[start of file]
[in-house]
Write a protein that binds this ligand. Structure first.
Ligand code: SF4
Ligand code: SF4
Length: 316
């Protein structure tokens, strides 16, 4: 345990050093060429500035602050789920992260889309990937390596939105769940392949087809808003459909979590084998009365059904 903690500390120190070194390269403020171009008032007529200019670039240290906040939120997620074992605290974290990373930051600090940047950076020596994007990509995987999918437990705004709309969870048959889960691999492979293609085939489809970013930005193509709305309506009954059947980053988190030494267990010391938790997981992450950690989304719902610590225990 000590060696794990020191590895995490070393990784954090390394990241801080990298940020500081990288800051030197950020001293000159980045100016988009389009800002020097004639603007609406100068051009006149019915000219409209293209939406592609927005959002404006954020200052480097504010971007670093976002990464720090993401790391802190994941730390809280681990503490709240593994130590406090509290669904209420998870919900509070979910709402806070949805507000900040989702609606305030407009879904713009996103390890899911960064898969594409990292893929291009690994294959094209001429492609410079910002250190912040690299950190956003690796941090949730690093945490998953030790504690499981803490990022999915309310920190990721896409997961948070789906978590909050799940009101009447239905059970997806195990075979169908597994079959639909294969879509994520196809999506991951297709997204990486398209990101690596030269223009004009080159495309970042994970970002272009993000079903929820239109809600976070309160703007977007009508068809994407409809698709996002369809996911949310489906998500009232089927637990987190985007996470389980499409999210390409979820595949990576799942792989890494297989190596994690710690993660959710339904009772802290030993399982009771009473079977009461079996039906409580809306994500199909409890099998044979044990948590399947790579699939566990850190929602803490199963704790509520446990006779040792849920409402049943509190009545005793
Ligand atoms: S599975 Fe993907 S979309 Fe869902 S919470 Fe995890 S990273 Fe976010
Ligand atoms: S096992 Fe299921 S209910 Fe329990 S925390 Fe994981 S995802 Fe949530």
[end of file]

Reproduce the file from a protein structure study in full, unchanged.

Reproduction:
[in-house]
Write a protein that binds this ligand. Structure first.
Ligand code: SF4
Ligand code: SF4
Length: 316
């Protein structure tokens, strides 16, 4: 345990050093060429500035602050789920992260889309990937390596939105769940392949087809808003459909979590084998009365059904 903690500390120190070194390269403020171009008032007529200019670039240290906040939120997620074992605290974290990373930051600090940047950076020596994007990509995987999918437990705004709309969870048959889960691999492979293609085939489809970013930005193509709305309506009954059947980053988190030494267990010391938790997981992450950690989304719902610590225990 000590060696794990020191590895995490070393990784954090390394990241801080990298940020500081990288800051030197950020001293000159980045100016988009389009800002020097004639603007609406100068051009006149019915000219409209293209939406592609927005959002404006954020200052480097504010971007670093976002990464720090993401790391802190994941730390809280681990503490709240593994130590406090509290669904209420998870919900509070979910709402806070949805507000900040989702609606305030407009879904713009996103390890899911960064898969594409990292893929291009690994294959094209001429492609410079910002250190912040690299950190956003690796941090949730690093945490998953030790504690499981803490990022999915309310920190990721896409997961948070789906978590909050799940009101009447239905059970997806195990075979169908597994079959639909294969879509994520196809999506991951297709997204990486398209990101690596030269223009004009080159495309970042994970970002272009993000079903929820239109809600976070309160703007977007009508068809994407409809698709996002369809996911949310489906998500009232089927637990987190985007996470389980499409999210390409979820595949990576799942792989890494297989190596994690710690993660959710339904009772802290030993399982009771009473079977009461079996039906409580809306994500199909409890099998044979044990948590399947790579699939566990850190929602803490199963704790509520446990006779040792849920409402049943509190009545005793
Ligand atoms: S599975 Fe993907 S979309 Fe869902 S919470 Fe995890 S990273 Fe976010
Ligand atoms: S096992 Fe299921 S209910 Fe329990 S925390 Fe994981 S995802 Fe949530």